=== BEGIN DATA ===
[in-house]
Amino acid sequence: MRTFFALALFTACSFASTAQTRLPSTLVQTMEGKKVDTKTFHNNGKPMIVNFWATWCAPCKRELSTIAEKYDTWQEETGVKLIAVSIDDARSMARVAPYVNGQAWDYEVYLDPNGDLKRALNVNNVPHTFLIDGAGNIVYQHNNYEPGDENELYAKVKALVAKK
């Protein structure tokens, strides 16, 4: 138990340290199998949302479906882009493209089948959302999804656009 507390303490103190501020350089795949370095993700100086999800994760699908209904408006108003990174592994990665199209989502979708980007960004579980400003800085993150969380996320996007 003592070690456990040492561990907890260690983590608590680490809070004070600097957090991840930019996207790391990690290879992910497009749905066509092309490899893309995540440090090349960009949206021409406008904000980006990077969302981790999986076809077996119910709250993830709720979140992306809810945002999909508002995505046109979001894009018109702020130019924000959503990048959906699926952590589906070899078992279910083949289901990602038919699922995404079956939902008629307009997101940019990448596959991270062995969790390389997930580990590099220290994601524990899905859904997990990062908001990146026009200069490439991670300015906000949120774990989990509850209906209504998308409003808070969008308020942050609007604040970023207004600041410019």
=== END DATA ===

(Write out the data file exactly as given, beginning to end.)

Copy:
[in-house]
Amino acid sequence: MRTFFALALFTACSFASTAQTRLPSTLVQTMEGKKVDTKTFHNNGKPMIVNFWATWCAPCKRELSTIAEKYDTWQEETGVKLIAVSIDDARSMARVAPYVNGQAWDYEVYLDPNGDLKRALNVNNVPHTFLIDGAGNIVYQHNNYEPGDENELYAKVKALVAKK
């Protein structure tokens, strides 16, 4: 138990340290199998949302479906882009493209089948959302999804656009 507390303490103190501020350089795949370095993700100086999800994760699908209904408006108003990174592994990665199209989502979708980007960004579980400003800085993150969380996320996007 003592070690456990040492561990907890260690983590608590680490809070004070600097957090991840930019996207790391990690290879992910497009749905066509092309490899893309995540440090090349960009949206021409406008904000980006990077969302981790999986076809077996119910709250993830709720979140992306809810945002999909508002995505046109979001894009018109702020130019924000959503990048959906699926952590589906070899078992279910083949289901990602038919699922995404079956939902008629307009997101940019990448596959991270062995969790390389997930580990590099220290994601524990899905859904997990990062908001990146026009200069490439991670300015906000949120774990989990509850209906209504998308409003808070969008308020942050609007604040970023207004600041410019």